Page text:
There we were at the 18th Annual Eskimos Alumni Golf Tournament. With an Eskimos helmet plastered with autographs floating on his head and a grin on his face, Ben Kolbuc, co-owner and GM of Norden Autohaus yelled out, “I’ll throw in a Porsche to drive for a day. Cayenne, Boxster, 911 what ever suits your fancy.” What a generous thing to do. The successful bidder for the helmet and Porsche was Tom Cutts of Red Carpet Freight Systems. The winning team with a 53 low net was Dale Orton, Barry James, Ben and Chris Ostby. Congratulations to Signor Mobley and Ed Hervey, the latest Eskimos to join the EE Alumni. Also, kudos to Dale Connors and the staff of A&B Catering who do food duty at the Links. Dale still cooks all his steaks the ‘proper’ way: over charcoal. Dale took over from the late Barry Glasgow—a ‘rock’ in the foundation of this city. Because of him, I use charcoal to this day.
Finally got the old bicycle out for the season. Great exercise on the trails but they’re not for commuting. With higher fuel prices, more Edmontonians want to get to work on their bikes. Unfortunately, that means hitting our streets. Good luck. A brutal experience… pot holes, not enough space, and impatient and rude car drivers are among the issues. Plus, huge numbers of cyclists don’t signal properly and too many ride on the sidewalks. Could Edmonton ever be like Paris or Munich which have incredible bicycle commuting systems? Over 200 cyclists attended a city open house and offered some ideas for improvement: better snow clearing, more paths in specific areas, safe bikeways along Whyte Avenue, crossways and bridges, more clearly marked trails, contra-flow lanes, and path along Anthony Henday ring road. “More people are commuting which anybody can do with a little preparation. A bike lane down Stony Plain road as well a 107 Avenue would be great,“ says Dennis Anorak, owner of Revolution Cycle. I hope the city makes these and more ideas happen. It would get bikes off the sidewalks and more cars off the streets. √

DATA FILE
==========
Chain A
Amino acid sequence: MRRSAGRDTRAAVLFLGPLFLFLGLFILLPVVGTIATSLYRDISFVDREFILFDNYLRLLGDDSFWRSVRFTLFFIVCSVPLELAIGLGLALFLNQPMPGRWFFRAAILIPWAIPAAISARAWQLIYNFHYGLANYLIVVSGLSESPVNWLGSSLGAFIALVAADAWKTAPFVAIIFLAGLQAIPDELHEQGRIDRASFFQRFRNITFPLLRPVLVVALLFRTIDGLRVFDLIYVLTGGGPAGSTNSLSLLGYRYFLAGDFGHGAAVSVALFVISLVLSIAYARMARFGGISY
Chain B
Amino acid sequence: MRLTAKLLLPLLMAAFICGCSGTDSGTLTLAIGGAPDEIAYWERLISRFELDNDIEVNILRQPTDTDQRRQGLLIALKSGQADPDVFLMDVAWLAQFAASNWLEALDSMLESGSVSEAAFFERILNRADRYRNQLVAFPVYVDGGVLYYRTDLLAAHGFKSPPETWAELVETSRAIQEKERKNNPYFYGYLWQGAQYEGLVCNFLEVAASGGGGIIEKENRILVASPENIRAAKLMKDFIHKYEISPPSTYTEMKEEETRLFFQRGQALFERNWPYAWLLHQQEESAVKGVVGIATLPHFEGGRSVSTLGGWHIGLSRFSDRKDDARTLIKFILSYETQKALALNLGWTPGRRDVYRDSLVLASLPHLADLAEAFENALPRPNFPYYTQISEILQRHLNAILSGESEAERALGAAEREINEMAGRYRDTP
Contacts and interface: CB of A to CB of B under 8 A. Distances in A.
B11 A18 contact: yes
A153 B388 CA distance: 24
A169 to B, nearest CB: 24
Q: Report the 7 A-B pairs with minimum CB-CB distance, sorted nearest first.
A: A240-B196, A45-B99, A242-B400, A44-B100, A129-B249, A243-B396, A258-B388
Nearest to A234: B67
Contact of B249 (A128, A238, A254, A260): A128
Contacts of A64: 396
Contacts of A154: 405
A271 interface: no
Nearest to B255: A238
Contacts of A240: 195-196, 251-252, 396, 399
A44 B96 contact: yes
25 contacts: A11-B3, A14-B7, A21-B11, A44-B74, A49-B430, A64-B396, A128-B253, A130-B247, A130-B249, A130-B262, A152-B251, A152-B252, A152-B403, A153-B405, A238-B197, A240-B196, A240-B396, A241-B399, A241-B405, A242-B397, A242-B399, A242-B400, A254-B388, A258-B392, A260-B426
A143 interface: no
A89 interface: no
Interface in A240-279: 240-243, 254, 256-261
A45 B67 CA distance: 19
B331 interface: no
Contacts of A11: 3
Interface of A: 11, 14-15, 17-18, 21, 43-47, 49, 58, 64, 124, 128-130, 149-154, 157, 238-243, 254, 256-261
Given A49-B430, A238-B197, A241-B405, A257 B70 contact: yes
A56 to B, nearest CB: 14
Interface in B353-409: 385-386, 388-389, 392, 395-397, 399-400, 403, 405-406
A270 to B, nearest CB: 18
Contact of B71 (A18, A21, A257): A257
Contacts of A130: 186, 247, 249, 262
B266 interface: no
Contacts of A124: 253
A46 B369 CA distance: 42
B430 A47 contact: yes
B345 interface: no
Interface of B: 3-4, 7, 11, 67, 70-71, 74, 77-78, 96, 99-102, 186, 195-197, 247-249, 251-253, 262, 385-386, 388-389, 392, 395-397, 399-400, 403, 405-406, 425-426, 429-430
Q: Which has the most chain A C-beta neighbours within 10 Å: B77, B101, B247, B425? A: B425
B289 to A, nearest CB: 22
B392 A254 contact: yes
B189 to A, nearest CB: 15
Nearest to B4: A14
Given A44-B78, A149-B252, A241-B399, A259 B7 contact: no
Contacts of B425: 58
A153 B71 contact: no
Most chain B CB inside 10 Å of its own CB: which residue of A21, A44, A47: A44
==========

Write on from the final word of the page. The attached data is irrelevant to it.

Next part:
A bucket load of thanks to Jennifer Martin and EZ Rock’s Shane Michaels who filled in for me as auctioneers at the Fort Edmonton Foundation Taste of History event. Here’s what happened: I figured I would only need a day or so to come around after I had four
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EDMONTONIANS JULY 2007
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18 STATION YEARS
With Linda Banister
hether for splashing in the reflecting pool, viewing the Christmas lights, or conducting the business of government, the Alberta Legislature and its grounds are an important gathering point for Edmontonians and Albertans. Construction on the Legislature building itself began in 1907 but it was not until 1912 that the building was officially declared open. Since that time the Legislature has been host to numerous memorable events. In this month’s Poll Station, we asked people about their experiences visiting the Alberta Legislature and its grounds, and their thoughts about future visits.
HAVE YOU EVER VISITED THE ALBERTA LEGISLATURE?
Said they had visited the legislature within the past six months.
Said they had visited the legislature within the past year.
Said they had not visited the legislature within the past year.